Five tips for surviving the planning season

The end of the year often sparks marketers to look ahead, but to ensure they come up with future plans that lead to growth they need to make sure they are getting the best out of their teams.


It’s the busiest time of our year. Like for many of you, our Christmas selling period is critical and sets the tone for what we have to deliver in our second half.

It is also the time when we are in the thick of looking to the future. Our overall business and our individual brands each set about thinking about the new year and the road ahead. While most people are thinking about how to survive Christmas, I’m thinking of how to survive what I like to call ‘the planning season’. Here are my top five tips for those in a similar position over the coming weeks.

1. Recognise people’s different thinking styles. In this busy time, my brain doesn’t stop whirring. Ideas and information form a constellation-like moving picture in my mind’s eye as we frame opportunities and make choices. I experience the ambiguity as a physical sensation, and the connections appear to me suddenly like visions. I need space for this, but others need interaction to catalyse what we need to do and how we need to do it. Create an environment that will get the best out of the individuals in your team and you’ve won half the battle.

2. Remember things are rarely as sequential as they may seem. Planning breakthroughs come from understanding the past, being in the moment, and having the knack of envisaging and reforming what the future will be. Remember to stand back and look at things holistically.

3. Be immersed in culture always and everywhere, and without a tight or fixed agenda. Great new thinking comes from developing a keen external radar – and that means stepping away from the laptop and out of the meeting room. Even when you feel at your most stretched, carve out time to experience eclectic things.

When I see great consumer-facing, brand-building work, it first arrests me, then moves me, and ultimately makes a connection about the brand which might even make me want me to talk about it or use it.

Read, watch, and listen voraciously. Eat culture for breakfast, lunch, and dinner. Make sense of it and it will help you make sense of the world in which your brand lives. It will show up in every detail of your work, in a world where meaning for consumers seeps in through the subconscious. It may sound like a luxury when you have deadlines to meet, but it will provide the spark for disruptive thinking.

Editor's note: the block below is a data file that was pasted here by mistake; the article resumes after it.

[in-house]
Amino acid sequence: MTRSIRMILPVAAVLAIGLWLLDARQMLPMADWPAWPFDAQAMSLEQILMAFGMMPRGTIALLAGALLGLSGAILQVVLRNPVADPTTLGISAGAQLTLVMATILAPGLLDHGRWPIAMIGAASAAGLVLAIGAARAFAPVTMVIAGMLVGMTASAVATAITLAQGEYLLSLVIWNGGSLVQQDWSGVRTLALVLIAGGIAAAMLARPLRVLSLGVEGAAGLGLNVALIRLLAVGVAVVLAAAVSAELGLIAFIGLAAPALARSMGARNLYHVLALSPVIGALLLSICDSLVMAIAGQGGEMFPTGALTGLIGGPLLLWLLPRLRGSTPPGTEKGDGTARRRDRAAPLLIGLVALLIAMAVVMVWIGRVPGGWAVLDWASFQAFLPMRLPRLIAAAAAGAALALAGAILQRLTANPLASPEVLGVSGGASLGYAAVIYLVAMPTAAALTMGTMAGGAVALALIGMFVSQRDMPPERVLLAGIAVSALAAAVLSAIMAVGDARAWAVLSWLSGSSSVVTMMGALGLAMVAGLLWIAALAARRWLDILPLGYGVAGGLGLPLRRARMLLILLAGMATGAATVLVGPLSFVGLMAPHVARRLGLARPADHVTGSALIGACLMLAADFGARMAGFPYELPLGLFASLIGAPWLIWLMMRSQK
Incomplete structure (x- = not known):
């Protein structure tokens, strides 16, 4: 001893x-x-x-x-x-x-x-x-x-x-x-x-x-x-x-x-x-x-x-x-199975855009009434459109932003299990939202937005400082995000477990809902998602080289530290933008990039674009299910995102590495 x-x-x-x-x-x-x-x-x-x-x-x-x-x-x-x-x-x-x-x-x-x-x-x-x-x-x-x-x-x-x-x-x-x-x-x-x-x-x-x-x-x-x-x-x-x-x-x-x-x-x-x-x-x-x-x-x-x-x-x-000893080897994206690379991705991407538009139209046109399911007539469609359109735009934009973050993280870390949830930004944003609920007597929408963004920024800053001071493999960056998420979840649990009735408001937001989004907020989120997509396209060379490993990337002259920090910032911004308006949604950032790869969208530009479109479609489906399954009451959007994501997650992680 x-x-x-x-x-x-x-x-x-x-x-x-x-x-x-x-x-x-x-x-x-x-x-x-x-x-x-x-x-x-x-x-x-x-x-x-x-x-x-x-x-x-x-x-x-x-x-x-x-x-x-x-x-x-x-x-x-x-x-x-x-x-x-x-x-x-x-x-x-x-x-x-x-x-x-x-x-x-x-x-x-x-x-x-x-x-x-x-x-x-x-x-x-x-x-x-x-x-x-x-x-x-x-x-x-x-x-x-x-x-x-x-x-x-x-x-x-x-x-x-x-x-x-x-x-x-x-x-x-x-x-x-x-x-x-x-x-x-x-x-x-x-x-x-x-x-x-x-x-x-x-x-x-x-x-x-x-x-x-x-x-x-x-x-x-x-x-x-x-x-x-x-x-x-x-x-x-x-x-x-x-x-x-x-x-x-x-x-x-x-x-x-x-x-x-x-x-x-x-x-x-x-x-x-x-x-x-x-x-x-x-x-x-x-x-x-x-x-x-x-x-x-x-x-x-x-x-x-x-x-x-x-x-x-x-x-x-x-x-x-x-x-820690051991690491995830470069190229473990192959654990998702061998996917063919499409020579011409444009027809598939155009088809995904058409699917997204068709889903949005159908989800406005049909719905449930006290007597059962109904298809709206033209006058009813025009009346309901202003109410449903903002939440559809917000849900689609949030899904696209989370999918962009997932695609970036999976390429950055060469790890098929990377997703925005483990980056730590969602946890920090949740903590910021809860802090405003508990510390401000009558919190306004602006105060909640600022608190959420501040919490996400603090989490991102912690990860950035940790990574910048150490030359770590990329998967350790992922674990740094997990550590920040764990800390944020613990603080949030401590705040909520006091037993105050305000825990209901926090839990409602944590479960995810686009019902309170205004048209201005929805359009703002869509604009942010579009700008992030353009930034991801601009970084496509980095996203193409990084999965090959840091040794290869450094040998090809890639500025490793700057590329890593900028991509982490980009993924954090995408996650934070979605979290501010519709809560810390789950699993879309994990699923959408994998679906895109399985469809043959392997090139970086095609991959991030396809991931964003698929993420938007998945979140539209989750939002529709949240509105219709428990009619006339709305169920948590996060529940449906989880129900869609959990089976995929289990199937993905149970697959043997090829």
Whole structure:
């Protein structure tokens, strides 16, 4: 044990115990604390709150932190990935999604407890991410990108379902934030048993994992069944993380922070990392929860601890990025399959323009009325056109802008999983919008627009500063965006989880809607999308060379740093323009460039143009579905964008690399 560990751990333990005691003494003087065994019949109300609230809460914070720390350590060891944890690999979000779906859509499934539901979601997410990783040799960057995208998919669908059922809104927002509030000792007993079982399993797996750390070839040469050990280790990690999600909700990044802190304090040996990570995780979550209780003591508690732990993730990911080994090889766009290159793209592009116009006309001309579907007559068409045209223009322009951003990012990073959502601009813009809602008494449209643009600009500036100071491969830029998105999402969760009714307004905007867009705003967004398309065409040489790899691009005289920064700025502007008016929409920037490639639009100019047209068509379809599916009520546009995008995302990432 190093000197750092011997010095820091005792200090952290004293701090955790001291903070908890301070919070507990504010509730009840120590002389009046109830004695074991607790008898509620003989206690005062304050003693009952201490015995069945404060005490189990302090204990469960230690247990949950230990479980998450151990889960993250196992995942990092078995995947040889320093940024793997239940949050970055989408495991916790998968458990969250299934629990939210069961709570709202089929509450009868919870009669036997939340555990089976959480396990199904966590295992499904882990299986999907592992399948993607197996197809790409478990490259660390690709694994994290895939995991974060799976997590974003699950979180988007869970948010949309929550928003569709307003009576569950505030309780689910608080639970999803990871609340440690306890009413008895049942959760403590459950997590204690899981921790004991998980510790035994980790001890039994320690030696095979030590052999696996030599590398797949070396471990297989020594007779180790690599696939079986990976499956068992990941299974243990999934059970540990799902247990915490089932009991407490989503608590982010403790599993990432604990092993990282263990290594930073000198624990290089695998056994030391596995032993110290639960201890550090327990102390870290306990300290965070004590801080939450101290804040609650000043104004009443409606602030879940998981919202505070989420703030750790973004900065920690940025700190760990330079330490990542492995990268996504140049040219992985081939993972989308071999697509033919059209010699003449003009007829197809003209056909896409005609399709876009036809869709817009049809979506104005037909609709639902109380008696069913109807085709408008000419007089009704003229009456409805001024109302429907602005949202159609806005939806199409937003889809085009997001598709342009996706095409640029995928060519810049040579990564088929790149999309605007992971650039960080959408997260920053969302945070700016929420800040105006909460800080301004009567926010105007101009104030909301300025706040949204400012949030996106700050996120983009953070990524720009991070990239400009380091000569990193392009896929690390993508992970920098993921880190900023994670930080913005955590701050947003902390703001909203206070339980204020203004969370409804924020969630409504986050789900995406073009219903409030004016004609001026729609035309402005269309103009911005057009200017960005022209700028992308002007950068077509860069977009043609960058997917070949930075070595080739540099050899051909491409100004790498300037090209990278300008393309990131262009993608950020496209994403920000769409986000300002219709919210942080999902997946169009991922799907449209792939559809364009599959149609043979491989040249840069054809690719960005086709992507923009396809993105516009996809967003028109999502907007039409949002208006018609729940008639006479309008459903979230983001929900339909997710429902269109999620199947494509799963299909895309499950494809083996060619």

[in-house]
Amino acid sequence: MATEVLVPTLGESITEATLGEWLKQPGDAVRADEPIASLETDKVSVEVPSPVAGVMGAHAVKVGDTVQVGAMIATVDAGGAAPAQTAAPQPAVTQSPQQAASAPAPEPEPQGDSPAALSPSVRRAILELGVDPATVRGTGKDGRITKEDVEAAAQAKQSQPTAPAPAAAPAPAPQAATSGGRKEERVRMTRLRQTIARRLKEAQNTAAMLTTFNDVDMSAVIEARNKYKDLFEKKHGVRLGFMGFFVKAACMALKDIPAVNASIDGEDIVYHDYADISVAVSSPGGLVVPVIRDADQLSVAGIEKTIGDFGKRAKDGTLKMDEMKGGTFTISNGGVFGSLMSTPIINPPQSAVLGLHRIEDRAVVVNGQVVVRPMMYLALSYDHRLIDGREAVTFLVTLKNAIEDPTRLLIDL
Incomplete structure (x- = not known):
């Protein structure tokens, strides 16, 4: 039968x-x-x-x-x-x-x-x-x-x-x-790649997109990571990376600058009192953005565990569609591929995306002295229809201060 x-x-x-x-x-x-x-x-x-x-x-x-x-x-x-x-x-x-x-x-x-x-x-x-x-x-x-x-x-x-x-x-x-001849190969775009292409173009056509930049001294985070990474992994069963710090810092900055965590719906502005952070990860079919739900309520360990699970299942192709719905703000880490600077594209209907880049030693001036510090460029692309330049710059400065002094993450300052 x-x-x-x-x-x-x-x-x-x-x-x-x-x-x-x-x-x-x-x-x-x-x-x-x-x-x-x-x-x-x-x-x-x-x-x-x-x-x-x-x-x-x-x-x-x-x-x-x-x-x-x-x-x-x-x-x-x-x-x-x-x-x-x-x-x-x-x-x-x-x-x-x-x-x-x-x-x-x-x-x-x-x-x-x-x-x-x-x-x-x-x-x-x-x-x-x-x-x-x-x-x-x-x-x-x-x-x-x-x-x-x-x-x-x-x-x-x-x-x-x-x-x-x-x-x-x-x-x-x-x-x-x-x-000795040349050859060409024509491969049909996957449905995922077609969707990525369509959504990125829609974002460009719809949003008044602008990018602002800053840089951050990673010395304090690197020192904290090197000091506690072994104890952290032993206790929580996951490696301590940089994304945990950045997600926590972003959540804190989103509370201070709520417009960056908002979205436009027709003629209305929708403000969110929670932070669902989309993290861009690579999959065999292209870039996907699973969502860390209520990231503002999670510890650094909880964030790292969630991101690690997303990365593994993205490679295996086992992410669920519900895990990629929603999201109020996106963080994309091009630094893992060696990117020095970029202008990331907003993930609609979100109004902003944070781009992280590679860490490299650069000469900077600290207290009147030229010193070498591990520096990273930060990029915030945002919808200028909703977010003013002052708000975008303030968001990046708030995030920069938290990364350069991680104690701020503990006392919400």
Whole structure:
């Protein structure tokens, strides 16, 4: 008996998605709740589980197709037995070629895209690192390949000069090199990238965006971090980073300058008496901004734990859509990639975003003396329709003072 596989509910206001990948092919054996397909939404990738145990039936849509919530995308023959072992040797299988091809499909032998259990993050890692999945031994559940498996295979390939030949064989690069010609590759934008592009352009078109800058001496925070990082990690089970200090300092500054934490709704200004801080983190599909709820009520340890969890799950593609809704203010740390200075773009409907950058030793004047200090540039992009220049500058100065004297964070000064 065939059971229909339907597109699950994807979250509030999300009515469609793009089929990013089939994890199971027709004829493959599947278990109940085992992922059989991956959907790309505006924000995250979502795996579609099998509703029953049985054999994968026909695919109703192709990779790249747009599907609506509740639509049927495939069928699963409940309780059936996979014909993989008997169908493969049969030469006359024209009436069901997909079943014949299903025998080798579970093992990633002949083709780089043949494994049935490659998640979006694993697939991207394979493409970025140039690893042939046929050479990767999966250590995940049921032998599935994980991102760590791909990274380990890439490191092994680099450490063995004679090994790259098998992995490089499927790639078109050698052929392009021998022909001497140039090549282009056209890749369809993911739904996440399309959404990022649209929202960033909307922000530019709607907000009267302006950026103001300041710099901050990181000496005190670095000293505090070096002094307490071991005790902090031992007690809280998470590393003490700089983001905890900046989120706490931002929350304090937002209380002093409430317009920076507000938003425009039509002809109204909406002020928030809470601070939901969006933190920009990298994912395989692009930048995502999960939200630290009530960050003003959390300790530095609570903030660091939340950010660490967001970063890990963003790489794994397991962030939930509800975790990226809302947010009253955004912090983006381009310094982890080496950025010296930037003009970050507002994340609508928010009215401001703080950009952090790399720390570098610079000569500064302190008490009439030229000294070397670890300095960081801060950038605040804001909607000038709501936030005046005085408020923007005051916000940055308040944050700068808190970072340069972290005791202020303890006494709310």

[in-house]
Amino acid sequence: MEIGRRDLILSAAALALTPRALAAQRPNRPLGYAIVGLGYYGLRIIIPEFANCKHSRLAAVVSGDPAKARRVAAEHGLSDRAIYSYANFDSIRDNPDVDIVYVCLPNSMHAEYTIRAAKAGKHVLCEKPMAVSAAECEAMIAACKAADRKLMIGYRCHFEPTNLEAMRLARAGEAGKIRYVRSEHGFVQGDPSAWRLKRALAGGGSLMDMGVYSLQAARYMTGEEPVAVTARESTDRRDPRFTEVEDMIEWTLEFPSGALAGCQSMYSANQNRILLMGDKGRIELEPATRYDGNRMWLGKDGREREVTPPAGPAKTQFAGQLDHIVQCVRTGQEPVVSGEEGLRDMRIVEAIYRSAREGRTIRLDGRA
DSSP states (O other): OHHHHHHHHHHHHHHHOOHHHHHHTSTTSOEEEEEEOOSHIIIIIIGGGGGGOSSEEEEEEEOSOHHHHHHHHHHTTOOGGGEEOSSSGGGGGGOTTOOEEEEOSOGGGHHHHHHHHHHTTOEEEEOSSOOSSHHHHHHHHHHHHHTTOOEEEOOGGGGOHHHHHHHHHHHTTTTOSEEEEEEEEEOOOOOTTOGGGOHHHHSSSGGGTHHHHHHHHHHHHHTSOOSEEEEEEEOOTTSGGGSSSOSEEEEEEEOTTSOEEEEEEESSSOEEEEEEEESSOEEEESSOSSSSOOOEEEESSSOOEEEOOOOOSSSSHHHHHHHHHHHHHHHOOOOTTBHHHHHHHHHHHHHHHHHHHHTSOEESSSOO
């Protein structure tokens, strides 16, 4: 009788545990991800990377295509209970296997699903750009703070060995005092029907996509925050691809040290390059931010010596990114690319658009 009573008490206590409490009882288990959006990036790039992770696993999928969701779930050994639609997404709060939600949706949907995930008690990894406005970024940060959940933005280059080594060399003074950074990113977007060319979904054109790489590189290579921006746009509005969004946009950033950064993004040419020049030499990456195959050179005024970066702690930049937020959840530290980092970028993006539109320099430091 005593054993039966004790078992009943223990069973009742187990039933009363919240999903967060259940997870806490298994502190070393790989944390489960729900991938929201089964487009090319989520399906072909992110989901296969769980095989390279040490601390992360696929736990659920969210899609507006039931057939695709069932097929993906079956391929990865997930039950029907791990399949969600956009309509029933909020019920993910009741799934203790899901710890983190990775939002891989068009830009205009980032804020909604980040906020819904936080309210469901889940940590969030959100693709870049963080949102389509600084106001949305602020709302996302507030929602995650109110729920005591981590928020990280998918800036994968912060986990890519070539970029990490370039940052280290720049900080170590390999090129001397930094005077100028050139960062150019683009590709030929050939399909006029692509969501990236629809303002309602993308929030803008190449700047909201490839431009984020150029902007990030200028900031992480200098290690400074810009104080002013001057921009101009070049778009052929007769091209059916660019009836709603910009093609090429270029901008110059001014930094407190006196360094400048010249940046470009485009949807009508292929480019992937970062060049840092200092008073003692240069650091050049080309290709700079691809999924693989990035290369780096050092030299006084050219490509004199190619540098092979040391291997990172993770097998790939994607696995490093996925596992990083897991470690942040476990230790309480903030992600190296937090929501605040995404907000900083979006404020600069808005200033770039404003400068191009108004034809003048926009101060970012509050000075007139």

4. Use structure for thinking and planning. It sounds like a snore, but I promise that far from being a constraint, it will be a gilded cage that creates better results. It also makes it easier for those who need to translate plans into work across all touchpoints. This is as simple as having a toolkit for common things you need to do – for example how you express brand strategy, brand positioning, insights and examples of great plans which have successfully driven growth.

5. Don’t forget emotions. When I see great consumer-facing, brand-building work, it first arrests me, then moves me, and ultimately makes a connection about the brand which might even make me want me to talk about it or use it. Once I have had this visceral response, it is usually the case that you can decode the role that planning has played – inspired and well-structured thinking that helps creative people come up with solutions that will delight your consumers.

Get the best from your team, search for the bigger picture, step away from the laptop, apply some structure and remember we’re all human. If you do, you’ll hopefully make it through with a little less tension and indigestion, and come out with future plans that all lead towards growth. After all, isn’t it meant to be the most wonderful time of the year?

Andrew Geoghegan is global consumer planning director at Diageo.


Secret Marketer

A good marketer has to be a great planner

David Coveney

I was intrigued to read that one of our high street banks will be selling its customer data to other businesses. Closer inspection of the story revealed this to be a typical sensationalist headline and the reality is that it will simply be using its vast knowledge of a significant proportion of the population to amalgamate data to help others better target their products.


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